cable be made so strong that it will not snap
under the force to which it may be subjected?
Other objections will naturally be suggested
by other minds, and we shall be happy to re
ceive them—provided that those who make
them will study terseness, as the columns of
a newspaper are limited. We have thought
the suggestion hero explained, worthy of no
tice, and shall be glad to learn that it NA
awakened interest. The seed of something
truly great may lie undeveloped in this pro
PALMEItSTON vs. THE PEOPLE.
There is a silver lining to the darkest cloud:
At this moment Lord PALMERSTON must feel
one little consolation in the Indian mutiny—
like Aaron's serpent, it swallows up every
other public subject. It will afford a plausible
excuse for postponing, for another year, at
least, that Reform Bill which PALUERSTON
promised to introduce and carry through
Parliament in 1818. This promise, given
early.in 1857, was intended to prevent, and
actually did prevent, any other statesman from
introducing such a measure. Those who knew
Pwcasrox well, smiled at his Ingenuity, and
knew that ho would not keep his word.
By rank, station, and principle, Lord
PALNIERSTOR is essentially an aristocrat. But
lie attbcts to be the friend of Democracy. Re
has been over half a century in public life,
and for the first five-and-twenty years was a
rank Tory. Ile will concede nothing to the
People, it he can help it.
The Timer newspaper, which backs him at
present, has strongly declared—either as his
mouth-piece or his champion—that, while
India occupies the public mind, matters
more urgent and important than electoral re
form " are on the
Tho British people desire live things, all
which have long been in admirable practice
in this very Pennsylvania of ours. They are :
that the Legislature be chosen for a much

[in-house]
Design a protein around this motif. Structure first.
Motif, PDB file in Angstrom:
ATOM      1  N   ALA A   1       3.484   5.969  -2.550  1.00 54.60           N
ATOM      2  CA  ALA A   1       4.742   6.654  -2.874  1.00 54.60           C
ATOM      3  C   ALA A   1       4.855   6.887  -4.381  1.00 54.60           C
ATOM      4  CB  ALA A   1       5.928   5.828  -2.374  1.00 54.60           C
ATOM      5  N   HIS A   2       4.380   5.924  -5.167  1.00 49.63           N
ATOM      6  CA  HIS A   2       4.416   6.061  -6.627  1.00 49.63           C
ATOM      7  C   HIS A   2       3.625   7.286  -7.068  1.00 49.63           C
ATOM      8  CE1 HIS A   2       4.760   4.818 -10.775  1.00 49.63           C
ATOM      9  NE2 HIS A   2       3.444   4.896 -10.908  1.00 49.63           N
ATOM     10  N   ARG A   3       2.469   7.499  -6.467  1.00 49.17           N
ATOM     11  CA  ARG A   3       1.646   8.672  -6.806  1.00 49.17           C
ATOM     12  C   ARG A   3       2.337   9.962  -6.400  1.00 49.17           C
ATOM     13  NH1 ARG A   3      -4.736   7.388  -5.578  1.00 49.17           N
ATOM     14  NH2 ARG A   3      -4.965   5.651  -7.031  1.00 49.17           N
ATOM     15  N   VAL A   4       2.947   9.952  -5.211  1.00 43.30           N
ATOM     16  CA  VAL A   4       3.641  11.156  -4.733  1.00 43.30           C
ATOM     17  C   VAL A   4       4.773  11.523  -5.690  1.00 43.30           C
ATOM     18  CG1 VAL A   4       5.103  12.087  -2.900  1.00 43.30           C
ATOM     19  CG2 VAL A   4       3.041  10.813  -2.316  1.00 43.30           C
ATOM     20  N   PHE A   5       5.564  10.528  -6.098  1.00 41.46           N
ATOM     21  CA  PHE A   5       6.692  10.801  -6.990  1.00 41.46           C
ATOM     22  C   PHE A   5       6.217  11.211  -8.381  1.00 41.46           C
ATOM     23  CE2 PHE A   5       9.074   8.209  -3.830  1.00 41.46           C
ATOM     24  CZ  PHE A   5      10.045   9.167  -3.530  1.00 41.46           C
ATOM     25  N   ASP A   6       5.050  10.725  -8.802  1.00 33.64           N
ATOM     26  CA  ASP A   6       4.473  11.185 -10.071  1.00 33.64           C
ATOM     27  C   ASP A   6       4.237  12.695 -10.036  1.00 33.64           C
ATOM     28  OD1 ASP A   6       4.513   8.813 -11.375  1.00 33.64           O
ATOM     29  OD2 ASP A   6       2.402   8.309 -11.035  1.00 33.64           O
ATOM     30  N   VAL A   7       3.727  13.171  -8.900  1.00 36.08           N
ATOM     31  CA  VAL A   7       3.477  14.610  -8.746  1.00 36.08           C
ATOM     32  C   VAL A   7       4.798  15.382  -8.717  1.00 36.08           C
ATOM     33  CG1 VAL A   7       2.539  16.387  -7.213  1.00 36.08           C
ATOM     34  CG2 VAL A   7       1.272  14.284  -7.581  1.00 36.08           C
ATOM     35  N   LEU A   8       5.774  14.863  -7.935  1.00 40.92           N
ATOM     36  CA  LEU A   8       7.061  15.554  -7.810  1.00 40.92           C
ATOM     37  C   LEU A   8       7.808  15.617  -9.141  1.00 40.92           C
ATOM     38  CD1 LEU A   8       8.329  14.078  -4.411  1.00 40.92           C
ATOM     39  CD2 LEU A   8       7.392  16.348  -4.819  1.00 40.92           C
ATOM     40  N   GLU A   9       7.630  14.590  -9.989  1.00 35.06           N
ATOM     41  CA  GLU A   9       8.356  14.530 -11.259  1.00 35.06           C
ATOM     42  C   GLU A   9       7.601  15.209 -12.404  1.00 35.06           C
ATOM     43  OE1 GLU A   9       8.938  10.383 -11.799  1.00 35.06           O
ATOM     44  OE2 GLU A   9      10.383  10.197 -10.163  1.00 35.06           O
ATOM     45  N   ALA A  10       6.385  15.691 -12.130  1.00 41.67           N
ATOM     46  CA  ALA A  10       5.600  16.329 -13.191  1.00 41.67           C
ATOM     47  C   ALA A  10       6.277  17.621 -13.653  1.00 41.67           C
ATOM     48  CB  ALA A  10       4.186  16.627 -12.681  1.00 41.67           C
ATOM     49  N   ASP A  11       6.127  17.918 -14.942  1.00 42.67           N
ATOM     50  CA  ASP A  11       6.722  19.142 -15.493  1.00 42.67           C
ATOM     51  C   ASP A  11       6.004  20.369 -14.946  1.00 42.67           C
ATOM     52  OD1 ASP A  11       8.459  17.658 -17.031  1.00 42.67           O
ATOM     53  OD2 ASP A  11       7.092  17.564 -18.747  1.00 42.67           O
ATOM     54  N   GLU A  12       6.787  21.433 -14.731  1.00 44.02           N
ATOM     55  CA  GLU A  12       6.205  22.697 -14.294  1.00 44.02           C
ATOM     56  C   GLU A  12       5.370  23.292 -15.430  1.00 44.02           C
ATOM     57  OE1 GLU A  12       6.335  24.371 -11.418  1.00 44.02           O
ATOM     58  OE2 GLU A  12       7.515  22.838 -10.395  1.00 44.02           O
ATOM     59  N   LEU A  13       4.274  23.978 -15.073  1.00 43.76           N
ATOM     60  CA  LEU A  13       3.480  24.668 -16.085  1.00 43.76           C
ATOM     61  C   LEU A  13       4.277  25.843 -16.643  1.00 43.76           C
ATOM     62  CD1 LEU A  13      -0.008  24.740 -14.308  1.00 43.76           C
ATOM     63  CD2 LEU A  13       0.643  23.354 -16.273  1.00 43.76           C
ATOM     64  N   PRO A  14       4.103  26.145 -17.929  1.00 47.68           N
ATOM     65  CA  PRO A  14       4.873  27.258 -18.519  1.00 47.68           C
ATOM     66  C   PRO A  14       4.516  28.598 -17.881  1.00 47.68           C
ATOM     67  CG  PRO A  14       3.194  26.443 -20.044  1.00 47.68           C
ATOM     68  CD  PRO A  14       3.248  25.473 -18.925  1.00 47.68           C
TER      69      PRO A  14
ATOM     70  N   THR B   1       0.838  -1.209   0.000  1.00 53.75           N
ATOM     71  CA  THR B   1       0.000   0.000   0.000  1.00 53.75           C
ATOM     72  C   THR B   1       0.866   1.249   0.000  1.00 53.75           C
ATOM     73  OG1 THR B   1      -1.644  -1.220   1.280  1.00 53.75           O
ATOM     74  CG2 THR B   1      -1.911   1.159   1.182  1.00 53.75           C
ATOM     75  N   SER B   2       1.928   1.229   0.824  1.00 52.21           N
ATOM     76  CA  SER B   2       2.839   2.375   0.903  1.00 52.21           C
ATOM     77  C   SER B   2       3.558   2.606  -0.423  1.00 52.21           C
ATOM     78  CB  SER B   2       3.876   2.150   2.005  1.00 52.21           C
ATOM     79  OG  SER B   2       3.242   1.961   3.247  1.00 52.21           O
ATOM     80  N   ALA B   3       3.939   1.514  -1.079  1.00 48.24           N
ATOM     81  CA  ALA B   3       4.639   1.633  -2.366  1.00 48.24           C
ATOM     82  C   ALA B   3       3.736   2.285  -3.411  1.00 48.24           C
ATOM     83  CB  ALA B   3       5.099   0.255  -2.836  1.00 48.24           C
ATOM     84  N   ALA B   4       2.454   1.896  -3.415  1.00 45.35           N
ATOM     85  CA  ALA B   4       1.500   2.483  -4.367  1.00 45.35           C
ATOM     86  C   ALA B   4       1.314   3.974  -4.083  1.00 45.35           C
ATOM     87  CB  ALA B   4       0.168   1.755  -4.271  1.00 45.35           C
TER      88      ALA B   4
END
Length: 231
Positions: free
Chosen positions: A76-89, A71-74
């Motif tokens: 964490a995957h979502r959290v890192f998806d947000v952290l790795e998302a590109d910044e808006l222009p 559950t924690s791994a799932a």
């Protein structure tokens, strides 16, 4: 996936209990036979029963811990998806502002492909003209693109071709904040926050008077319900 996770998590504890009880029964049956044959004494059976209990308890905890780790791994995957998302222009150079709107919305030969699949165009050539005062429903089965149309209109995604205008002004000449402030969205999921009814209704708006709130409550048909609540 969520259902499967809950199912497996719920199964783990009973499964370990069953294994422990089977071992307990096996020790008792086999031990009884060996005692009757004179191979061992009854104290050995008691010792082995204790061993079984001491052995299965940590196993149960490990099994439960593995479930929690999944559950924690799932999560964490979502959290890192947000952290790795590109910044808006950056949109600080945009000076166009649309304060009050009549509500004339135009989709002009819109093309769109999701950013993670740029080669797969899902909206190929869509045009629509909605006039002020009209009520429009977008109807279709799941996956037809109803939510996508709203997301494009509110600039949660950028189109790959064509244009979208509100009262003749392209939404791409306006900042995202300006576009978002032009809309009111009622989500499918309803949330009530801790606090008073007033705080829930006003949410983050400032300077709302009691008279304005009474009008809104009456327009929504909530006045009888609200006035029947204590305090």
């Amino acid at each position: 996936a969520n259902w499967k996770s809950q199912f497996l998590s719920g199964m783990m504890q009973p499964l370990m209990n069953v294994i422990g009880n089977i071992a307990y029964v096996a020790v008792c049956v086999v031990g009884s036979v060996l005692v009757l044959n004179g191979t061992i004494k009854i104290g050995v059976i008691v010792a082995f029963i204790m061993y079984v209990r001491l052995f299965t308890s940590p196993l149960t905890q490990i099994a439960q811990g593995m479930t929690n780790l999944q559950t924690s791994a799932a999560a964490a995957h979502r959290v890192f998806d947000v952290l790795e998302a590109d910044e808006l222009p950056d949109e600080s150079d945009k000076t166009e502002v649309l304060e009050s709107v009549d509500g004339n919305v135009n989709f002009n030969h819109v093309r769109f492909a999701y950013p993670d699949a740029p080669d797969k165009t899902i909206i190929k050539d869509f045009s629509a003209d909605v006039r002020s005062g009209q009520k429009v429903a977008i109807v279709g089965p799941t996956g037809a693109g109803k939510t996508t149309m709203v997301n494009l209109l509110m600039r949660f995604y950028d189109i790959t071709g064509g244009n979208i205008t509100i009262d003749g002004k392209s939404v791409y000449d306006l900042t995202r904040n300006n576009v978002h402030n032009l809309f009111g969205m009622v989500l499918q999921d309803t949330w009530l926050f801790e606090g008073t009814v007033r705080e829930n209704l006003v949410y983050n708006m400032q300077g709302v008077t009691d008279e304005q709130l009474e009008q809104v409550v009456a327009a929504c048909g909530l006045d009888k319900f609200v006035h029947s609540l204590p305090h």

shorter term than seven years—that every
citizen shall have a vote--that the electoral
districts should be fairly marked out—that the
law be repealed which declares a man ineligi
ble to sit in Parliament, unless he have a large
property qualification—and that every legisla
tor be paid, as a public servant, while he per
forms his duties.
There is nothing very revolutionary in these
requirements, and yet the Royalty and the
Aristocracy ofi England will never grant them—
unless frightened into it, as was the case in
1832, when the People wore determined to
have the Reform Bill, no matter how earnest
ly the House of Lords rejected their Just
claims. VALUEIISTON may stave off his pro
mised Electoral Reform, on the ground as
sumed by his organ, but whether he live to
see it or not, tho Democracy of England will
have a full and fair legislative representation,
assimilated, as nearly as possible, in all essen
tial points, with that which we possess in this
CITY POLlCE—Thioninut 1
[Reported for The Press.]
tg,_;;A LOFTY FIT OF INSPIEATION.--Tho prevailing
among critics is that the loftiest kind of
O Abel inspiration Is scarcely extant at this
nailed. However, the little State of Rhode Island
has sent as s queer specimen of elevated genius in
the person of Ilfr Hosea Baxter,who never attempts
to compose poetry without ascending a high door
• top, a pile of bricks, or some such platform raised
considerably above the level of the earth. Last
MOLE he perched himself on the edge of a scaffold
in front of anew building in Eighth street, where,
:at the height of ton feet above the pavement, he
began an invocation addressed to beings who were,
,of course, invisible to the corporeal eyes of a police
man standing in a shady recess en the opposite
side of the street. In a loud and thrilling tone,
the inspired Baxter, like a second Simeon Styltes,
from his lofty perch, commenced as follows—the
policeman standing " dumbfounded," either with
horror or admiration, as the discourse proceeded:
1 "Arise, ye spirits that flit around the honey
'odrnb of the imagination like bees around a tar
barrel, or buzzards around a dead dog—arise !
lend your inspirations to a feller destined to take
the shine Mr of Homer, Willis, and all tho other
favorites of the feminine Nine. Hark ! they
come! Their mantle is upon roe, they swell me
up as if I had swallowed a bushel or two of clam
chowder, and thus I am delivered : Behold, you
sickly, pallid, meal-faced moon, looking down from
her attic-window and turning up her cold nose at
this contemptible world; shining, too, like a half
done slap-jack swimming in an ocean of butter;
while those glimmering orbs, with which she is sur
rounded remind me of a
,prolnsion of shad-scales
scattered over a blue blanket. All nature has re-
11634 to roost r —old oaro ints folded himself up in his
bodiniit,"..— while the night-pollee, (Impertinent
,vormints !) have likewise' tucked themsolves up
salon in for a snooze